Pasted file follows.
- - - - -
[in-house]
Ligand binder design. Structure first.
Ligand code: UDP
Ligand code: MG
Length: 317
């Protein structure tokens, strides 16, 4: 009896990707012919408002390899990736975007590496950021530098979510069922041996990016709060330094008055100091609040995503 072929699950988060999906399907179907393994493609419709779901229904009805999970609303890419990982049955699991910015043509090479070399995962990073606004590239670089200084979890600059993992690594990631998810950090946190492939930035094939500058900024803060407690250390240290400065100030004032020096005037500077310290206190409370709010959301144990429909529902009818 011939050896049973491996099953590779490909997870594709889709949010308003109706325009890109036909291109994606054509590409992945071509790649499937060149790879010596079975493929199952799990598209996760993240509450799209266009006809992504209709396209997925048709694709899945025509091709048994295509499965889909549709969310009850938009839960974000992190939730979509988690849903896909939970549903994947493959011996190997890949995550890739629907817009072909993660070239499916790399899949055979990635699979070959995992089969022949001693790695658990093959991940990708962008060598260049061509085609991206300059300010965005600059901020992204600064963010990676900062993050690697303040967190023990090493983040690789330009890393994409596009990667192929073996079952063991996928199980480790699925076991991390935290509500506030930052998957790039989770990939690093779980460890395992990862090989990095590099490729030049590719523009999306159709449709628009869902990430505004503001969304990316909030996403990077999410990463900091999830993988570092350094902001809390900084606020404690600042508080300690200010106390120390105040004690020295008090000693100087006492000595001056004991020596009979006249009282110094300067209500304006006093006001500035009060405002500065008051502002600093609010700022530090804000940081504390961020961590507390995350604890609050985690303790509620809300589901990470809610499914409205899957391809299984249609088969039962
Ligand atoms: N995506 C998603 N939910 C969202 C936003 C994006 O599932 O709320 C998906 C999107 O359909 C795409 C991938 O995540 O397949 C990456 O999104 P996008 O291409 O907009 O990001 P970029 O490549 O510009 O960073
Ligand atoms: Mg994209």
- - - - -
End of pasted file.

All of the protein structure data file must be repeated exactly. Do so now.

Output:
[in-house]
Ligand binder design. Structure first.
Ligand code: UDP
Ligand code: MG
Length: 317
């Protein structure tokens, strides 16, 4: 009896990707012919408002390899990736975007590496950021530098979510069922041996990016709060330094008055100091609040995503 072929699950988060999906399907179907393994493609419709779901229904009805999970609303890419990982049955699991910015043509090479070399995962990073606004590239670089200084979890600059993992690594990631998810950090946190492939930035094939500058900024803060407690250390240290400065100030004032020096005037500077310290206190409370709010959301144990429909529902009818 011939050896049973491996099953590779490909997870594709889709949010308003109706325009890109036909291109994606054509590409992945071509790649499937060149790879010596079975493929199952799990598209996760993240509450799209266009006809992504209709396209997925048709694709899945025509091709048994295509499965889909549709969310009850938009839960974000992190939730979509988690849903896909939970549903994947493959011996190997890949995550890739629907817009072909993660070239499916790399899949055979990635699979070959995992089969022949001693790695658990093959991940990708962008060598260049061509085609991206300059300010965005600059901020992204600064963010990676900062993050690697303040967190023990090493983040690789330009890393994409596009990667192929073996079952063991996928199980480790699925076991991390935290509500506030930052998957790039989770990939690093779980460890395992990862090989990095590099490729030049590719523009999306159709449709628009869902990430505004503001969304990316909030996403990077999410990463900091999830993988570092350094902001809390900084606020404690600042508080300690200010106390120390105040004690020295008090000693100087006492000595001056004991020596009979006249009282110094300067209500304006006093006001500035009060405002500065008051502002600093609010700022530090804000940081504390961020961590507390995350604890609050985690303790509620809300589901990470809610499914409205899957391809299984249609088969039962
Ligand atoms: N995506 C998603 N939910 C969202 C936003 C994006 O599932 O709320 C998906 C999107 O359909 C795409 C991938 O995540 O397949 C990456 O999104 P996008 O291409 O907009 O990001 P970029 O490549 O510009 O960073
Ligand atoms: Mg994209």